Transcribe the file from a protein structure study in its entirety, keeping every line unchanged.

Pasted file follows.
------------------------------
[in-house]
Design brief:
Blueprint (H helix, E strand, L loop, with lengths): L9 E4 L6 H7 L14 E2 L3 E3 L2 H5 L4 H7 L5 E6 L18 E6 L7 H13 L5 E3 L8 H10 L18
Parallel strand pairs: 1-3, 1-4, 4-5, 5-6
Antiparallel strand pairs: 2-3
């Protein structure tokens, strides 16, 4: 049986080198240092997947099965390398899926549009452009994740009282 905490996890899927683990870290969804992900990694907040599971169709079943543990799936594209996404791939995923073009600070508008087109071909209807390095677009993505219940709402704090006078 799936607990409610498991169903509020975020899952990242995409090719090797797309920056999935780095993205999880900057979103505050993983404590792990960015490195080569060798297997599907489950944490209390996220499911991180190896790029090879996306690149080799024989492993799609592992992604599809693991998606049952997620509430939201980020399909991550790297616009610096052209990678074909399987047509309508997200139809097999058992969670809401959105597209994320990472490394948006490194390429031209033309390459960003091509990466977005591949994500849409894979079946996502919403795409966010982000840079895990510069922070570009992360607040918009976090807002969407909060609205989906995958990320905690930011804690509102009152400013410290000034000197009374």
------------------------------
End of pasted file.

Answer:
[in-house]
Design brief:
Blueprint (H helix, E strand, L loop, with lengths): L9 E4 L6 H7 L14 E2 L3 E3 L2 H5 L4 H7 L5 E6 L18 E6 L7 H13 L5 E3 L8 H10 L18
Parallel strand pairs: 1-3, 1-4, 4-5, 5-6
Antiparallel strand pairs: 2-3
């Protein structure tokens, strides 16, 4: 049986080198240092997947099965390398899926549009452009994740009282 905490996890899927683990870290969804992900990694907040599971169709079943543990799936594209996404791939995923073009600070508008087109071909209807390095677009993505219940709402704090006078 799936607990409610498991169903509020975020899952990242995409090719090797797309920056999935780095993205999880900057979103505050993983404590792990960015490195080569060798297997599907489950944490209390996220499911991180190896790029090879996306690149080799024989492993799609592992992604599809693991998606049952997620509430939201980020399909991550790297616009610096052209990678074909399987047509309508997200139809097999058992969670809401959105597209994320990472490394948006490194390429031209033309390459960003091509990466977005591949994500849409894979079946996502919403795409966010982000840079895990510069922070570009992360607040918009976090807002969407909060609205989906995958990320905690930011804690509102009152400013410290000034000197009374």